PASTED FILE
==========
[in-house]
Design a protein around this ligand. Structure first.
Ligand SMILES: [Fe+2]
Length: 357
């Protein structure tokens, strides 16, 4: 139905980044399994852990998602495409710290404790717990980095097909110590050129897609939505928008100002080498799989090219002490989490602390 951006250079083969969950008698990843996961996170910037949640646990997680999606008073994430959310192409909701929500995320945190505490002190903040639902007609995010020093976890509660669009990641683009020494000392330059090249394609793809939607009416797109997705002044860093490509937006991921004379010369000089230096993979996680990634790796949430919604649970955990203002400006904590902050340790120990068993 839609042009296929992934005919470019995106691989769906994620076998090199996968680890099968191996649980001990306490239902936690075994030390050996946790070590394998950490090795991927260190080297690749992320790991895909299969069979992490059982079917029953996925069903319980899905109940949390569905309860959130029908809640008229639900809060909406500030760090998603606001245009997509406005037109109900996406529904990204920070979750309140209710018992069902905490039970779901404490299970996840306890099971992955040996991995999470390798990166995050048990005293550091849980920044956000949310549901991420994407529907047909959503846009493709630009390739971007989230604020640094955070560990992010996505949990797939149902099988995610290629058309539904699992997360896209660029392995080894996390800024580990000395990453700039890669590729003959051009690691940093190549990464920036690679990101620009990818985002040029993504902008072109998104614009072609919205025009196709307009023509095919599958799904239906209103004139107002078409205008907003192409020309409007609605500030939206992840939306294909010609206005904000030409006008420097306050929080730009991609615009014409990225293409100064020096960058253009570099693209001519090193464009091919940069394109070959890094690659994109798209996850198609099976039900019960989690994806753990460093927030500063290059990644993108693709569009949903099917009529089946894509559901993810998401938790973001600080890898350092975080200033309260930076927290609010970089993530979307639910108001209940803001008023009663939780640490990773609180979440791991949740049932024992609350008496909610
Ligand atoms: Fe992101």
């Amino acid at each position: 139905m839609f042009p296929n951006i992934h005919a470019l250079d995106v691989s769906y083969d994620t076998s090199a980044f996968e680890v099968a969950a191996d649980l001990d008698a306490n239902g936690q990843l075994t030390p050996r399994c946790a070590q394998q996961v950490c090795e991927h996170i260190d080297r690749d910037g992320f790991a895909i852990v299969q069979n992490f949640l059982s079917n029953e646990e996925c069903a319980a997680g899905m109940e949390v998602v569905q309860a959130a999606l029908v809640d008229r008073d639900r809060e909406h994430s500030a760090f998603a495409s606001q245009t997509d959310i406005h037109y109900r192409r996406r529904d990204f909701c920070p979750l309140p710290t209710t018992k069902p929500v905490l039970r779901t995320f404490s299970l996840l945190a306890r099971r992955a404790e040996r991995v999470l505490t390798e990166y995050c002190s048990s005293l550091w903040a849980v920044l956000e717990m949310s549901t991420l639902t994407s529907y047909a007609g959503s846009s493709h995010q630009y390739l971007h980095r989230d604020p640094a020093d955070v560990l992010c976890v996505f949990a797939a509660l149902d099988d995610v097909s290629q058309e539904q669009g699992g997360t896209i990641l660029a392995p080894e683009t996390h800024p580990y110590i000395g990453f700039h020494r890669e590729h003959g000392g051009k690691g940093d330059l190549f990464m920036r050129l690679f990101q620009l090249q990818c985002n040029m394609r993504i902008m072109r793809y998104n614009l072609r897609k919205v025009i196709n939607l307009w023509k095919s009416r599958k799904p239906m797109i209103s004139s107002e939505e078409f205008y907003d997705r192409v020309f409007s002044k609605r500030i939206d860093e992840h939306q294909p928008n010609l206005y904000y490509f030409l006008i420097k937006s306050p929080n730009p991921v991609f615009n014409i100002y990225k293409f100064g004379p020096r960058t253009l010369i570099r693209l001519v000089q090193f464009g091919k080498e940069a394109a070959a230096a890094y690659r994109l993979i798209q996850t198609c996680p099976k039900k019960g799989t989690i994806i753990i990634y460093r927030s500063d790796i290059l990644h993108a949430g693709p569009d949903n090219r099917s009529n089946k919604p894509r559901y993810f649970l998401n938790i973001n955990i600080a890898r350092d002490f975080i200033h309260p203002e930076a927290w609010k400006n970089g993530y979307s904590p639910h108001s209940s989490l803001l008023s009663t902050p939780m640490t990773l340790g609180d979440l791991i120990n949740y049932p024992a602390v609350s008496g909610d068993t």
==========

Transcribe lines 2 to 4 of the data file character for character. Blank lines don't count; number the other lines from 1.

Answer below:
Design a protein around this ligand. Structure first.
Ligand SMILES: [Fe+2]
Length: 357